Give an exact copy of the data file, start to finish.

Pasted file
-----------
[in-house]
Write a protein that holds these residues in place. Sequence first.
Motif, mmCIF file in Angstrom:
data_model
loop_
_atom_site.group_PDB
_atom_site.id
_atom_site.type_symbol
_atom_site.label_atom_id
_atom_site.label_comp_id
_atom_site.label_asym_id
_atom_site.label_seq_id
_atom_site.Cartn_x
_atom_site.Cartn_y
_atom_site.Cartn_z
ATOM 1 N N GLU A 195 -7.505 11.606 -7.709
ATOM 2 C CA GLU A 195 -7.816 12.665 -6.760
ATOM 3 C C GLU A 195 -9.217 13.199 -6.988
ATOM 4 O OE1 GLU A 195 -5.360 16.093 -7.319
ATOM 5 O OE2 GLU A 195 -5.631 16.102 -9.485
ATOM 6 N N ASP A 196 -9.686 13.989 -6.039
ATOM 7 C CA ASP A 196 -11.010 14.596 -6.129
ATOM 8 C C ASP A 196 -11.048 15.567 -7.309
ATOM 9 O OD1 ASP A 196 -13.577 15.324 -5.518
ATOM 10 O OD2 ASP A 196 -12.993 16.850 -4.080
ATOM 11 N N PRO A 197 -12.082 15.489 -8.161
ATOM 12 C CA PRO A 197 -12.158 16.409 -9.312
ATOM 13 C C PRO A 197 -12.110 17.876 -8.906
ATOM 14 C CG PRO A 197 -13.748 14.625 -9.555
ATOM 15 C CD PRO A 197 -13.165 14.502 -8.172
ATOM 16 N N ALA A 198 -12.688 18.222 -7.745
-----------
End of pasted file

[in-house]
Write a protein that holds these residues in place. Sequence first.
Motif, mmCIF file in Angstrom:
data_model
loop_
_atom_site.group_PDB
_atom_site.id
_atom_site.type_symbol
_atom_site.label_atom_id
_atom_site.label_comp_id
_atom_site.label_asym_id
_atom_site.label_seq_id
_atom_site.Cartn_x
_atom_site.Cartn_y
_atom_site.Cartn_z
ATOM 1 N N GLU A 195 -7.505 11.606 -7.709
ATOM 2 C CA GLU A 195 -7.816 12.665 -6.760
ATOM 3 C C GLU A 195 -9.217 13.199 -6.988
ATOM 4 O OE1 GLU A 195 -5.360 16.093 -7.319
ATOM 5 O OE2 GLU A 195 -5.631 16.102 -9.485
ATOM 6 N N ASP A 196 -9.686 13.989 -6.039
ATOM 7 C CA ASP A 196 -11.010 14.596 -6.129
ATOM 8 C C ASP A 196 -11.048 15.567 -7.309
ATOM 9 O OD1 ASP A 196 -13.577 15.324 -5.518
ATOM 10 O OD2 ASP A 196 -12.993 16.850 -4.080
ATOM 11 N N PRO A 197 -12.082 15.489 -8.161
ATOM 12 C CA PRO A 197 -12.158 16.409 -9.312
ATOM 13 C C PRO A 197 -12.110 17.876 -8.906
ATOM 14 C CG PRO A 197 -13.748 14.625 -9.555
ATOM 15 C CD PRO A 197 -13.165 14.502 -8.172
ATOM 16 N N ALA A 198 -12.688 18.222 -7.745